Voila! – she softens into truth and the energy is free flowing once again. Thank you polar thinking!

To polar thinking,

Kim Ottinger

To schedule a free 20 minute phone consult with Kim for art therapy, talk therapy, EMDR, or sensorimotor therapy or to work with a therapist who knows how to guide you through polar thinking 

in Washington, DC, email her at kim@yoursoultherapy.com

FEELING GOOD ENOUGH

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When you don’t feel good enough it can color your daily life, from your career to your romantic relationships to your mood. Everything can be impacted by this one belief about yourself – I am not good enough. Inevitably it comes up with each and every client I work with. In some way, we all feel not good enough. Some space in us feels deficit – we aren’t funny enough or pretty enough or smart enough, the list goes on. What do you do with deficits? You fill up the holes with something positive right? Let’s talk about filling your not-good-enough deficits with something positive.

Not-good-enough comes from our childhood experiences. Often we know logically and have evidence that we are good enough in whatever deficit we are feeling and just can’t seem to shake that belief. For example, Helena may be a highly successful lawyer and still feel like she have no value as a person and still feels she is not achieving enough. This comes from a childhood emphasis, from her parents, on the importance of achievement and deficit in the value of other needs. Perhaps this her parents were stressed the importance of financial stability and power, always being right. However, her parents spent little time playing with her or spending time on vacations. Likely Helena will grow up to be a high achiever and will spend little time doing recreational activities. When she does go take days off she feels guilty and depressed. No matter how hard she works, she still feels she needs to work harder. Whenever she makes a mistake, she feels shame.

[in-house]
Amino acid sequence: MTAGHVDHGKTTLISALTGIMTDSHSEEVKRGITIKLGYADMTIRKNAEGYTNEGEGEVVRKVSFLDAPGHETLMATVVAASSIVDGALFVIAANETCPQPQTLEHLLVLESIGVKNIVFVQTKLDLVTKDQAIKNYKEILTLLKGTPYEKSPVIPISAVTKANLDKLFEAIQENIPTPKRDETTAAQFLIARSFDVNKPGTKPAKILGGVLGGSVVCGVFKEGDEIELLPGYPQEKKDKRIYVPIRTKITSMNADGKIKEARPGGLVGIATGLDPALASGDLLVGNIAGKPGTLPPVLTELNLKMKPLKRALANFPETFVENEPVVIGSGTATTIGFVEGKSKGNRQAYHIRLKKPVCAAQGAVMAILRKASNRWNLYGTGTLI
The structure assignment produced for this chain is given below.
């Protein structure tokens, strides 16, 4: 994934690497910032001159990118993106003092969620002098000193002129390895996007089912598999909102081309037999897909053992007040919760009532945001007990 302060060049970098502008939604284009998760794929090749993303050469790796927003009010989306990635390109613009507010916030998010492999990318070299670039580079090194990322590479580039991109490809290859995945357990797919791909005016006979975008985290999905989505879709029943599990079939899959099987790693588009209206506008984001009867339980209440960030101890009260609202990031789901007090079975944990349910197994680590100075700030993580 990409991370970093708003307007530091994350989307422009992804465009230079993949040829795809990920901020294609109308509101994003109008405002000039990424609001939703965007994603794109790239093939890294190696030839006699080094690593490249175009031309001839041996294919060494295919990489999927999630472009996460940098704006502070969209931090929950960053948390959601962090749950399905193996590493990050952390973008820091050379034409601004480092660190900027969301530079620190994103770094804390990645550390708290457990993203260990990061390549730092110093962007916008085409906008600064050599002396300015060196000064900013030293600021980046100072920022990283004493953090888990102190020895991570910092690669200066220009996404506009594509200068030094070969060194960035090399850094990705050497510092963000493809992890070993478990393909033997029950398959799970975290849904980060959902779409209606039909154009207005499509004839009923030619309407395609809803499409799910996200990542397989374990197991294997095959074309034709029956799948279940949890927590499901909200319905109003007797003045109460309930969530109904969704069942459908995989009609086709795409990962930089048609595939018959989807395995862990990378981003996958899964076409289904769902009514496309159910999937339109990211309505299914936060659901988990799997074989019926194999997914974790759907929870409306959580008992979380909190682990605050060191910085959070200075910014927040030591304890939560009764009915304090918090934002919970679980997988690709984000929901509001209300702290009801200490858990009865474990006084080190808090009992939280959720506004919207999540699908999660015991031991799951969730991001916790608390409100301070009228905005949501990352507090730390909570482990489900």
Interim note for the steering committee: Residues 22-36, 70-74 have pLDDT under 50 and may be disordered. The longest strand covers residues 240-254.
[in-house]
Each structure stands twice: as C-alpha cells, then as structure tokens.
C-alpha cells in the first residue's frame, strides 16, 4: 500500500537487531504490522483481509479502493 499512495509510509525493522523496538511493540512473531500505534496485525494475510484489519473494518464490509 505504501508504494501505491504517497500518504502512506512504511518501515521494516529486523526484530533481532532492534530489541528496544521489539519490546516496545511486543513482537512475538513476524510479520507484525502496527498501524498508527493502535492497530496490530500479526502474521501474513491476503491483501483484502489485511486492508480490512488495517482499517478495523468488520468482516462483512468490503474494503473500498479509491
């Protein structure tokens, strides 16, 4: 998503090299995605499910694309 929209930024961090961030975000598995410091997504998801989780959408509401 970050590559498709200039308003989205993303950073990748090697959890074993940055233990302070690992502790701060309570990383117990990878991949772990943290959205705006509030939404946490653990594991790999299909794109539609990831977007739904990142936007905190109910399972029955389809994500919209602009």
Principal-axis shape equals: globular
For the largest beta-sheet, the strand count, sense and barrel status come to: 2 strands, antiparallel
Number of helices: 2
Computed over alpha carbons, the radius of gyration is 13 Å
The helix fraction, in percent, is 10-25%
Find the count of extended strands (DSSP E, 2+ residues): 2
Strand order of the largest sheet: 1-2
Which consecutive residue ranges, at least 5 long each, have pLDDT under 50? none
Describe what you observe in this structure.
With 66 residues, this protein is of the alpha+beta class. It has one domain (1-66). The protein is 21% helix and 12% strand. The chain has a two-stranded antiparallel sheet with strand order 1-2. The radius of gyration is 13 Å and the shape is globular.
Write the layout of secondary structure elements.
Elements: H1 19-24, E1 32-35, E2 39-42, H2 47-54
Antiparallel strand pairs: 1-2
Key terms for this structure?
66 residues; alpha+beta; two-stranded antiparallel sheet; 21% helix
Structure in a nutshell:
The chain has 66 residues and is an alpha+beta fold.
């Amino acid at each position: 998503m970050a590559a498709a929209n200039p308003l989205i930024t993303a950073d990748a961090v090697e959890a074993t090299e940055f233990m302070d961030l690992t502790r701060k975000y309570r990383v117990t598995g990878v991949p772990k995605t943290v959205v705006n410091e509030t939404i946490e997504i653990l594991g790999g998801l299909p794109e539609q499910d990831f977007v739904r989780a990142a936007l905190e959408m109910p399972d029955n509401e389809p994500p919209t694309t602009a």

Children need many things to be role modeled and taught for them. It is almost impossible for parents to meet every need for their children, especially in this achievement and independence driven culture. Additionally, some people are just better at certain skills and have a higher capacity for certain things. Some parents cannot provide enough attention for some of their children’s needs due to their own limitations.

Inevitably, each one of us has unmet needs that benefit from being addressed. What unmet needs do you have? Perhaps you didn’t learn about finances, you needed more physical attention; maybe you needed more positive encouragement in order to feel confident; maybe your parents were not well attuned to your emotional needs. At times we adapt to these missing needs with resiliency and find beneficial ways to cope with the unmet needs. Other times these missing needs lead to us limiting ourselves because we do not know how to meet that need or even self-sabotaging due to fear of failure or feeling as if we don’t deserve to meet the need (based on implicitly receiving this message as a child).

Addressing this in my work with clients involves three steps:

  1. Identify the missing need
  2. Process and grieve the pain associated with the missing need
  3. Find a new way to meet the need now